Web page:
Hypochondriacs beware: That Google search for "STD symptoms" could go into your digital dossier.
A new study has found that health-related web pages often leak information about you and the information you access to third parties, raising concerns about online privacy.
To conduct the study, University of Pennsylvania PhD student Timothy Libert analyzed the top 50 search results for 1,986 common diseases, some 80,000 web pages. He found that on 91% of the pages, third parties like social networks, advertisers, and data brokers could access information about who was viewing the page, like the user's IP address. On 70% of the pages, those third parties could see information about specific "conditions, treatments and diseases" viewed.
Altogether, 78% of the health-related web pages sent information about you to Google, 31% sent information to Facebook, and 5% sent information to Experian, a credit bureau and data broker.
What's the big deal? Libert has two major concerns about these practices. The first is that the third parties could match you with your medical search results, a problem he calls "personal identification." This isn't a totally imaginary scenario—data brokers routinely collect information about you from your online activity, shopping habits, and public records, then turn around and sell that information to advertisers. That already includes sensitive medical information: One data broker was caught hawking lists of "rape sufferers," "domestic abuse victims" and "HIV/AIDS patients."
Second, advertisers could discriminate against you based on your medical searches, regardless of whether your search results are ever connected to you personally. That's called "blind discrimination." In other words, advertisers could serve you certain ads and offer you certain promotions based on the websites you read. Again, this practice can be innocuous, but it can also have a dark side. "It’s like any other form of discrimination," Libert says. "If you’re going to extend a favorable offer to somebody, your best client probably isn’t somebody with terminal cancer."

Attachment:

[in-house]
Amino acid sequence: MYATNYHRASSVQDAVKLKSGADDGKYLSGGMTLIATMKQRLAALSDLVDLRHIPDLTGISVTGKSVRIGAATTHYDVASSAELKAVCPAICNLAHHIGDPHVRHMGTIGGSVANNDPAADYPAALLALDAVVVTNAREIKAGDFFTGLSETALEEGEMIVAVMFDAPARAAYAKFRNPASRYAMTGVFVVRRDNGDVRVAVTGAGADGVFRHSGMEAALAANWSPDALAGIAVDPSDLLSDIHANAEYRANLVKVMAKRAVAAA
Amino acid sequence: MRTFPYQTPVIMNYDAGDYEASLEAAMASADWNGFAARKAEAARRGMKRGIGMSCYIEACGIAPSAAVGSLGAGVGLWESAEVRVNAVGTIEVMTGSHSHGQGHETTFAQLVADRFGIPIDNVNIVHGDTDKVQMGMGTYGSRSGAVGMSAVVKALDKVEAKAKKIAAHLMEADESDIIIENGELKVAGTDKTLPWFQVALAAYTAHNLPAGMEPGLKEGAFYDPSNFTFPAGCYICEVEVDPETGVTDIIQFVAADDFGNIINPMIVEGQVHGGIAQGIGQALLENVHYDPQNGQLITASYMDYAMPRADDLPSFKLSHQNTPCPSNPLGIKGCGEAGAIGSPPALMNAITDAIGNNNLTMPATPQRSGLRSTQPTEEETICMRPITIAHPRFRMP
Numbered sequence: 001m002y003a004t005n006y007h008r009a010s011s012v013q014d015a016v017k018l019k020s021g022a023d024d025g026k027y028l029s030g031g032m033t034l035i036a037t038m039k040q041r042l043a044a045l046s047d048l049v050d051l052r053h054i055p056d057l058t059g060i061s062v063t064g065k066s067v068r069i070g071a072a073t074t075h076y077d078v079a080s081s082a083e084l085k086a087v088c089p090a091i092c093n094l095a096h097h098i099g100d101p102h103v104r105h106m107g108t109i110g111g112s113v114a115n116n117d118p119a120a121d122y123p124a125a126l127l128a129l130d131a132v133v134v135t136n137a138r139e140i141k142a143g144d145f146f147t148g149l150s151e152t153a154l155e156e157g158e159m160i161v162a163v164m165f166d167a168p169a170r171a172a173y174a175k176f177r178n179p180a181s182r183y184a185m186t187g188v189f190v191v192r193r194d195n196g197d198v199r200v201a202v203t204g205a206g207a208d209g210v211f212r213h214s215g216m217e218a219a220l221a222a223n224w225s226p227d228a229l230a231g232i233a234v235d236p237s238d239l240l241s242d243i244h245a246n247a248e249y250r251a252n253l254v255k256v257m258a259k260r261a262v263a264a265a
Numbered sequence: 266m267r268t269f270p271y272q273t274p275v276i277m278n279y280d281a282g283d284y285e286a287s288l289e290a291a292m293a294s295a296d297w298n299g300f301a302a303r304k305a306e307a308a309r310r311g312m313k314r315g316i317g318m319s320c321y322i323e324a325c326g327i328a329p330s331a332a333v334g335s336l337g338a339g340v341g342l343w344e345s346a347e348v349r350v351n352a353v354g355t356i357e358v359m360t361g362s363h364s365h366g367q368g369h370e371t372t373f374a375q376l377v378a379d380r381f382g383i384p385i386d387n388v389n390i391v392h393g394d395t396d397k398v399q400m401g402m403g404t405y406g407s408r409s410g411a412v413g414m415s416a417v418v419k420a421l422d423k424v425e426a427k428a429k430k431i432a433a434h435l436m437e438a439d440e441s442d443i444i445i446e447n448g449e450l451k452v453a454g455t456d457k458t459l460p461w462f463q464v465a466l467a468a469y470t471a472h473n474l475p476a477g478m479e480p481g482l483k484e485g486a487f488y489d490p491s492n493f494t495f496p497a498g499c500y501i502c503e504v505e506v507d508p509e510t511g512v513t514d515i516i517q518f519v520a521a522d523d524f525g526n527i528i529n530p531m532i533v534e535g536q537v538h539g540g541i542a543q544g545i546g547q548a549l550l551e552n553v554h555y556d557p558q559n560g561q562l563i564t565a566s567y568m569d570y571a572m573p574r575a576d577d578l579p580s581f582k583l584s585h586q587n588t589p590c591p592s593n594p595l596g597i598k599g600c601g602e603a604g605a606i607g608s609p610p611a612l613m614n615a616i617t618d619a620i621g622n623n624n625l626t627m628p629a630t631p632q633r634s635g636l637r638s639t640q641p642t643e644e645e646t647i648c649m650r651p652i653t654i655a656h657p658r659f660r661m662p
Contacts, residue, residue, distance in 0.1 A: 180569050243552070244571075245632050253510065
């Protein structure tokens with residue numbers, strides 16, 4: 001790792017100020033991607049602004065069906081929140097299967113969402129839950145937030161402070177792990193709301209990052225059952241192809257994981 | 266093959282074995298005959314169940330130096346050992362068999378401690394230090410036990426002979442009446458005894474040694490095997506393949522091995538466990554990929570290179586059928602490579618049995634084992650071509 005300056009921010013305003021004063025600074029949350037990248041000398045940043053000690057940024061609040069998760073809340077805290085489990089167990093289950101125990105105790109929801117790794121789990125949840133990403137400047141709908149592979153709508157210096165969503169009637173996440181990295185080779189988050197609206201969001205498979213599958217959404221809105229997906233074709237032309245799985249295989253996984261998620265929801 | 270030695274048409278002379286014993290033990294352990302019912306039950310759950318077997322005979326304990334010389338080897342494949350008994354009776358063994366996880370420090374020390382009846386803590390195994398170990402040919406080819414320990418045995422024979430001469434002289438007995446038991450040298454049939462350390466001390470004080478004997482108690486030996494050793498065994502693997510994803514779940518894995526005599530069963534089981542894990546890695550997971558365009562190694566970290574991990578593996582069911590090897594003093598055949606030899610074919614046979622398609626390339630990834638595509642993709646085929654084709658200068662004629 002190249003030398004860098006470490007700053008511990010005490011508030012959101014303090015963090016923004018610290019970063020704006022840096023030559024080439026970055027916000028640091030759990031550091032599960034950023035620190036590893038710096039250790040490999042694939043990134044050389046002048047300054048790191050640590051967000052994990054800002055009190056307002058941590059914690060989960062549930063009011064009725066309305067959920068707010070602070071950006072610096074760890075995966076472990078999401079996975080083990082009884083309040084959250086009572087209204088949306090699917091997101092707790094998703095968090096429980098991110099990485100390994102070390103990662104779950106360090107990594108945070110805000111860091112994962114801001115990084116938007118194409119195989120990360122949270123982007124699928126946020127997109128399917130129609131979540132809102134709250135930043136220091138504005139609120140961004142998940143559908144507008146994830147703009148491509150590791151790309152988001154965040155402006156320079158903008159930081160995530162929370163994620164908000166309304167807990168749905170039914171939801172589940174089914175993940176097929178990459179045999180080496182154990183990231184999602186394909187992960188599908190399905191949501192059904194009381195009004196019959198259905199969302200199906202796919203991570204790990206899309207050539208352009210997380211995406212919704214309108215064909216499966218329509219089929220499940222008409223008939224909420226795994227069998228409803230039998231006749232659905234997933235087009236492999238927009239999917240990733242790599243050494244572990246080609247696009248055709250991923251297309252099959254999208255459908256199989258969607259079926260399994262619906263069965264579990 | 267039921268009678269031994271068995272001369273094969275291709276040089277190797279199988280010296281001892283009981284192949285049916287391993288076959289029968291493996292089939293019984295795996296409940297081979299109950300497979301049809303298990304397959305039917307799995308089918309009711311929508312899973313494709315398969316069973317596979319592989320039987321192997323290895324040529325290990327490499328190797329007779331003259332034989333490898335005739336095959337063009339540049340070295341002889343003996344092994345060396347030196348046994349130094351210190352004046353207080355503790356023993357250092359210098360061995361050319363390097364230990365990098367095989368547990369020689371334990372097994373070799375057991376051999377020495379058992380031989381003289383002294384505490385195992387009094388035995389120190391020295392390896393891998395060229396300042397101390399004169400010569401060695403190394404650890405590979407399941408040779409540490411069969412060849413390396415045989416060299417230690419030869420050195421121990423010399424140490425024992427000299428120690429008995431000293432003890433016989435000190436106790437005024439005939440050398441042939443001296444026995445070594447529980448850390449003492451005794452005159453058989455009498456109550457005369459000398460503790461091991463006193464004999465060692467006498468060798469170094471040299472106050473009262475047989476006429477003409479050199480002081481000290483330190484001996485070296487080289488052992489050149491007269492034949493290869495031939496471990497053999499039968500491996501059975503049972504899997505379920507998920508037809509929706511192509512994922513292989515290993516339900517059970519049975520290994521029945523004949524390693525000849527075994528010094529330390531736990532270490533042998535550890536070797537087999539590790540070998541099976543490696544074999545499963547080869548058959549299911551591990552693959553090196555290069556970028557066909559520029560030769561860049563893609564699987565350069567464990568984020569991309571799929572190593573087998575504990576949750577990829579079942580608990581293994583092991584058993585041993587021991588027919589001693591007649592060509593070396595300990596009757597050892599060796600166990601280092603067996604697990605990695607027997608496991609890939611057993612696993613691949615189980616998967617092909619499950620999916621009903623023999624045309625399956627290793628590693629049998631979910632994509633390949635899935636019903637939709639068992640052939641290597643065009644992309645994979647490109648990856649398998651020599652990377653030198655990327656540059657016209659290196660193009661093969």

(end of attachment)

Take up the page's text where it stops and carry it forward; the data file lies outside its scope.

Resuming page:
The tech-savvy might think their searches are private because they delete cookies or use a private browser, like Google Chrome's "incognito mode." Sorry, but no.
That's because of the way websites work. Libert explains that a web page is like a recipe. The code says, "display an image from this file" or "play this video from Youtube." To pull in content from another website's server—like a video from Youtube—your server makes a "request" to that third-party server, and reveals information about you in the process. For example, the third party can see the name of the webpage you're visiting, which may sound harmless, but can reveal a lot. You might not, for example, want advertisers and data brokers to know that you recently read "www.cdc.gov/hiv".
"Even if you're using incognito mode or something, the HTTP requests, at the very basic level, are still being made," Libert says.
And you usually don't even know it's happening. While you can see evidence of some third-party requests, like Youtube videos and Facebook "like" buttons, Libert says most requests are bits of code invisible to the non-programmer's eye.
Legally, this is all aboveboard. The HIPAA law protecting medical privacy only applies to medical services like insurance claims, not other businesses.
"They don't catch everything, but they catch a lot," Libert says.